• Sertraline (Zoloft, Lustral, Serlain, Asentra)
  • Fluoxetine combined with the atypical antipsychotic olanzapine (Symbyax)

SSRIs were originally developed for treating depression but are now taken for treating related disorders of serotonin deficit such as insomnia, migraine, fibromyalgia, and IBS.

Most do not know that about 90% of the serotonin produced in the body is made in the gastrointestinal tract and some is even produced by our heart. It is now known to influence bowel function. A deficiency increases vulnerability to digestive stress, constipation, and irritable bowel syndrome (IBS). Low serotonin levels are often seen in chronic pain syndromes and chronic fatigue syndrome.

Serotonin is known to affect appetite, especially for carbohydrates. Low levels of the amino acid tryptophan, a precursor to serotonin in the body, have been linked to binge eating and carbohydrate cravings. When carbohydrates are consumed, insulin is released and shuttles competing amino acids from the blood into muscle. This allows tryptophan to enter the brain more easily and increase brain serotonin levels. As a result, people frequently consume carbohydrates over other foods to overcome low tryptophan into the brain and get that “carb high” or a feeling of well-being and calmness.

Exercise, by increasing uptake of competing amino acids by the muscles, has a similar action and helps elevate mood temporarily.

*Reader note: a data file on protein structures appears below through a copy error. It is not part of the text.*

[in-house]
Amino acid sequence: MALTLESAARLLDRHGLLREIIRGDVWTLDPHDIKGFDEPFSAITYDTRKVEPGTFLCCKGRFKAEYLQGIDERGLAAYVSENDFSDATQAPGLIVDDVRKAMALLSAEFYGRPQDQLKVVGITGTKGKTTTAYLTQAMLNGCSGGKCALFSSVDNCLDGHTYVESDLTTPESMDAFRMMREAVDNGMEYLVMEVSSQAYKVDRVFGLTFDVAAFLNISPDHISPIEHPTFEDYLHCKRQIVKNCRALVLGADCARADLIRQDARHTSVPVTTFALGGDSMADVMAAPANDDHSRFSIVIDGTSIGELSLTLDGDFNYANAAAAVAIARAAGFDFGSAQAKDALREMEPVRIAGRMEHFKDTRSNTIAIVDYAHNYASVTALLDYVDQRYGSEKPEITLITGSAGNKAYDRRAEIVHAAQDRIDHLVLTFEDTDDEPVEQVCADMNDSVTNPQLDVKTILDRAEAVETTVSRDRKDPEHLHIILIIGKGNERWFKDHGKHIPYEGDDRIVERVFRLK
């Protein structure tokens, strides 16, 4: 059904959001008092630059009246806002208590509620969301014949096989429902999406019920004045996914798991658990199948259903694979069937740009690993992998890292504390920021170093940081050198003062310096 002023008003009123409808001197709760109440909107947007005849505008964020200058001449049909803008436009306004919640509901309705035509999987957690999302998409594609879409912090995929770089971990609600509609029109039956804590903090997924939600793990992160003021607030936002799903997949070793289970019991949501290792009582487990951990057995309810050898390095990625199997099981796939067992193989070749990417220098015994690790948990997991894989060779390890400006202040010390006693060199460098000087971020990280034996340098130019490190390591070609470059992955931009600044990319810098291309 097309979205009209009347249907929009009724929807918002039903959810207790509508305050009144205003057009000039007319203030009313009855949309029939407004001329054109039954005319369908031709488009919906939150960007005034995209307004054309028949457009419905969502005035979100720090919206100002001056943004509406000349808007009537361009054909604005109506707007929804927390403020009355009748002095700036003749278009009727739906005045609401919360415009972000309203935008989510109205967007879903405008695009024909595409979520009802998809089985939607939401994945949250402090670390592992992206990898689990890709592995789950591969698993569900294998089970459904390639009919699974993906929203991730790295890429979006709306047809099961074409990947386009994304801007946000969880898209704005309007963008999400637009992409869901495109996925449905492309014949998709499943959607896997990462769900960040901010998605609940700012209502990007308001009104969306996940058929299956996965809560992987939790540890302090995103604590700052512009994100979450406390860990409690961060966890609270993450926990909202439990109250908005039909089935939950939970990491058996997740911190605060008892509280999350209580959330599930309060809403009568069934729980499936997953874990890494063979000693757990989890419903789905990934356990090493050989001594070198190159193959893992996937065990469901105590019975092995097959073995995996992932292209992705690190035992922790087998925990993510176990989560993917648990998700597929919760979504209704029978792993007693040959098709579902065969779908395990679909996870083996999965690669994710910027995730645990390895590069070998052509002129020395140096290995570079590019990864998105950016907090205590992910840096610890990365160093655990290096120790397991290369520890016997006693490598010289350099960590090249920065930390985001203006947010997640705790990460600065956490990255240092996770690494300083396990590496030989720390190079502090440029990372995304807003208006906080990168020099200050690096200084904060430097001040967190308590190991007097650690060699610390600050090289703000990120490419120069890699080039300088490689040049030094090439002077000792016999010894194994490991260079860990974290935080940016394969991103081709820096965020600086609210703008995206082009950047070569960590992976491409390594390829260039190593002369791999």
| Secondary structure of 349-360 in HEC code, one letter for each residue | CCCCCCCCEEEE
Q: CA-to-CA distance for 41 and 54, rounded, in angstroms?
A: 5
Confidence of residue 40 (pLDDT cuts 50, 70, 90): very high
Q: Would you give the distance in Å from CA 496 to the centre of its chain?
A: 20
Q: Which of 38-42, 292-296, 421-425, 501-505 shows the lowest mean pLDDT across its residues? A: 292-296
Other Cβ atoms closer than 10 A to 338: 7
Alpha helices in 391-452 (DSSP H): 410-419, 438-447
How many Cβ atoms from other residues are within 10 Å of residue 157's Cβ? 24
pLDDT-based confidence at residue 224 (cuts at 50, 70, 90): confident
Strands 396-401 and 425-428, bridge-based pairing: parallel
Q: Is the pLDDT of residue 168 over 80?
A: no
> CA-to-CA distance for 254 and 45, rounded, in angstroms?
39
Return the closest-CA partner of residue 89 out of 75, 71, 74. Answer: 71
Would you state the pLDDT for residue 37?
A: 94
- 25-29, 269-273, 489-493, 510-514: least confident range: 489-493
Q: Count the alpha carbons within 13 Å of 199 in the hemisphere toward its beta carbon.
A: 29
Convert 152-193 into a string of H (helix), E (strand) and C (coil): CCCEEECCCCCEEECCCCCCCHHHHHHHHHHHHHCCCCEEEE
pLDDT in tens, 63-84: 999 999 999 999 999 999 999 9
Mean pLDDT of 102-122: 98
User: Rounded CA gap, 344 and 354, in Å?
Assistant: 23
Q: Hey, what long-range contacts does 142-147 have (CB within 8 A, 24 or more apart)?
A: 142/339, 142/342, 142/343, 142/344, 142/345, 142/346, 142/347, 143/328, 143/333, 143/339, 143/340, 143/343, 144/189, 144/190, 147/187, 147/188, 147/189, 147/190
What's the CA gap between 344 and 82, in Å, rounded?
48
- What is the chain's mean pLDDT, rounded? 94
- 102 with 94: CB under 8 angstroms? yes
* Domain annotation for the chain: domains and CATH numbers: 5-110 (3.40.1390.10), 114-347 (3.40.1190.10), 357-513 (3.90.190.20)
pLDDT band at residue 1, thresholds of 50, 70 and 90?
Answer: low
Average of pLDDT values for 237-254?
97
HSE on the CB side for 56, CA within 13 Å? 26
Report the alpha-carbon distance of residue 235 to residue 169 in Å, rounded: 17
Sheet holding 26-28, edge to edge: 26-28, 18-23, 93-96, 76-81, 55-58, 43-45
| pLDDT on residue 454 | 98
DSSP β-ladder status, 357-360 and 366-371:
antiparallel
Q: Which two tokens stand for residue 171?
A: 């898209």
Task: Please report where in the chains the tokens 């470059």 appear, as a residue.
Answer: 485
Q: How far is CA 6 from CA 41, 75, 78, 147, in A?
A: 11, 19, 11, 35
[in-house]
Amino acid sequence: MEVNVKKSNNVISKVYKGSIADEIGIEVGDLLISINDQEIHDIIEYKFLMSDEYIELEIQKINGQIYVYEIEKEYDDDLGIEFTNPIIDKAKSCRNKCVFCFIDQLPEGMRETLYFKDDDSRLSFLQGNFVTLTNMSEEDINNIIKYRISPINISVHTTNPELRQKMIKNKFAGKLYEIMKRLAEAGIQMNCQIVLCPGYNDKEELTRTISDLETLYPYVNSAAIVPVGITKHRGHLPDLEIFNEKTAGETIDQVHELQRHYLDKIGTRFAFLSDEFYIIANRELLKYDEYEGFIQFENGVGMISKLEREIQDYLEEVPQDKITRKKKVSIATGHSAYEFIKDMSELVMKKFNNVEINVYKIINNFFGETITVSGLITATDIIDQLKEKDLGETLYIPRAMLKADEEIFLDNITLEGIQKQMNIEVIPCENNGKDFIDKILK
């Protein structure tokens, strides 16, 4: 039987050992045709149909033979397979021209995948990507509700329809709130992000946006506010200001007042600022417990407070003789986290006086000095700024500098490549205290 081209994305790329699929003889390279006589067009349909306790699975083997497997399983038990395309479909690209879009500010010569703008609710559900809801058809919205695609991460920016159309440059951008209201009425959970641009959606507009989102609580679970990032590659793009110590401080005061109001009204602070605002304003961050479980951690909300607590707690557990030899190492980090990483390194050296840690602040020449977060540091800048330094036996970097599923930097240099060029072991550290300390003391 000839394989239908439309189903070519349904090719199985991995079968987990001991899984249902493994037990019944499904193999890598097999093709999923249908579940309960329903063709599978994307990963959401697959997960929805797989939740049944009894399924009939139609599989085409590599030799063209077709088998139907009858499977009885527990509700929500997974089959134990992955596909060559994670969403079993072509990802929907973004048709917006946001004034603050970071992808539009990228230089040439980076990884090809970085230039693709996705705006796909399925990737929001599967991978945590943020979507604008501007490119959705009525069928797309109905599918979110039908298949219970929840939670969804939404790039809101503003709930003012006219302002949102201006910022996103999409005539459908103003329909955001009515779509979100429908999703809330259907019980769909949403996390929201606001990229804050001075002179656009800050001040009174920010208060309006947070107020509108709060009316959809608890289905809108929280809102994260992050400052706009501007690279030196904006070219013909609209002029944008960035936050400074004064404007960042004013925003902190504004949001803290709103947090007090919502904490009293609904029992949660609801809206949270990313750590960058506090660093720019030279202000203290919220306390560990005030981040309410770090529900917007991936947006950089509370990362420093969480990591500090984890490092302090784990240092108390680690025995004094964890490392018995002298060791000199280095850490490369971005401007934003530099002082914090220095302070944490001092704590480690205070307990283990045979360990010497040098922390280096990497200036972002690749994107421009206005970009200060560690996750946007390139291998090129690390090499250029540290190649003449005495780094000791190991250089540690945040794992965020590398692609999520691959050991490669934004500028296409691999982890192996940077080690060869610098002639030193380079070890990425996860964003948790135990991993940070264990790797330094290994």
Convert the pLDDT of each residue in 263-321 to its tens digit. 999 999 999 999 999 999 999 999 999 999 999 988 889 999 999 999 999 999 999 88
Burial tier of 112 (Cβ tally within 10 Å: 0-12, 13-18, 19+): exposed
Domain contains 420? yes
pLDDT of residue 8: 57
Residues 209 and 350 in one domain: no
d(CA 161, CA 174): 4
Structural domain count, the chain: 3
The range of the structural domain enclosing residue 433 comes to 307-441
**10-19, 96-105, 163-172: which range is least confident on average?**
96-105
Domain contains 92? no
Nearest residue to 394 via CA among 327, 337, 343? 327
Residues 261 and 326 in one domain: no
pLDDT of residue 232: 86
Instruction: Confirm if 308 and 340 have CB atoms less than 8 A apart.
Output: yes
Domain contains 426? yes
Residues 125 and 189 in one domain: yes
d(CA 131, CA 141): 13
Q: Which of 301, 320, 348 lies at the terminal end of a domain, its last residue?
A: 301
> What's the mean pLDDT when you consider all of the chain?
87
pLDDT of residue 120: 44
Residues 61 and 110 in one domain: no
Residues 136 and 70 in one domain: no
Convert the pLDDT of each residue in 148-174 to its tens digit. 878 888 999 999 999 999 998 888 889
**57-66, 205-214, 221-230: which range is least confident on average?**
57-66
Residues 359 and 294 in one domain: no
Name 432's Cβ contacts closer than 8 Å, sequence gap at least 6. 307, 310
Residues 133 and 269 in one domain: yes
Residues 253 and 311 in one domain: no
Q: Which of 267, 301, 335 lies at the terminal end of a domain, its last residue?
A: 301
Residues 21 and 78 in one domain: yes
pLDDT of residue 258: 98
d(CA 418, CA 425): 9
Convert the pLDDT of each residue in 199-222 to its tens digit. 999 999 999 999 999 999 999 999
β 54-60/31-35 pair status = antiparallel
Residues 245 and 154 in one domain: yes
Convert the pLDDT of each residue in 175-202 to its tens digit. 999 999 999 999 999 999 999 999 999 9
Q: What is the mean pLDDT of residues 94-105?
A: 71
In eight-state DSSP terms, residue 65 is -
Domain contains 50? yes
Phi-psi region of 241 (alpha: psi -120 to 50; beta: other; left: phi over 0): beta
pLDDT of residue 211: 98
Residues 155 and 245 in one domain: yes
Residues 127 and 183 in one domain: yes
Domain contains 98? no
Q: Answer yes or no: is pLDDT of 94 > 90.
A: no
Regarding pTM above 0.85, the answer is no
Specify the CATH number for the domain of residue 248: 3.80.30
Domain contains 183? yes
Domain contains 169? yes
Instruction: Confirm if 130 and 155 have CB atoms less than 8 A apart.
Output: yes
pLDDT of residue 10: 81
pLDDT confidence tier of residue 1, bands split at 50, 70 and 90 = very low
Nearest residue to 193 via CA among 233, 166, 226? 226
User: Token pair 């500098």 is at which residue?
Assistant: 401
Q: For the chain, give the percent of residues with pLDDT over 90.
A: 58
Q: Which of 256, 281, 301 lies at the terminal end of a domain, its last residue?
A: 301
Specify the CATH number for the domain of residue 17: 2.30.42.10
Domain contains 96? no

Our diet (caffeine, alcohol and artificial sweeteners), stress, lack of natural light and lack of exercise compromise our production and levels of serotonin.

Elevating Serotonin Levels

Serotonin cannot cross the blood-brain barrier and must be synthesized in the brain itself from the amino acids tryptophan. Here how it works:

Tryptophan => 5-Hydroxytryptophan (5-HTP) => Serotonin //=> Melatonin

Tryptophan is an essential amino acid found in protein containing foods. Modern-day diets, with fast foods and carbohydrates and even a “healthy” diet often does not provide the quantities of tryptophan required since it is the least abundant amino acid found in food.

Good sources like: chicken, soybeans, tuna, turkey, venison, salmon, cheese, lamb, halibut, shrimp and cod, should be purposefully added to our diet.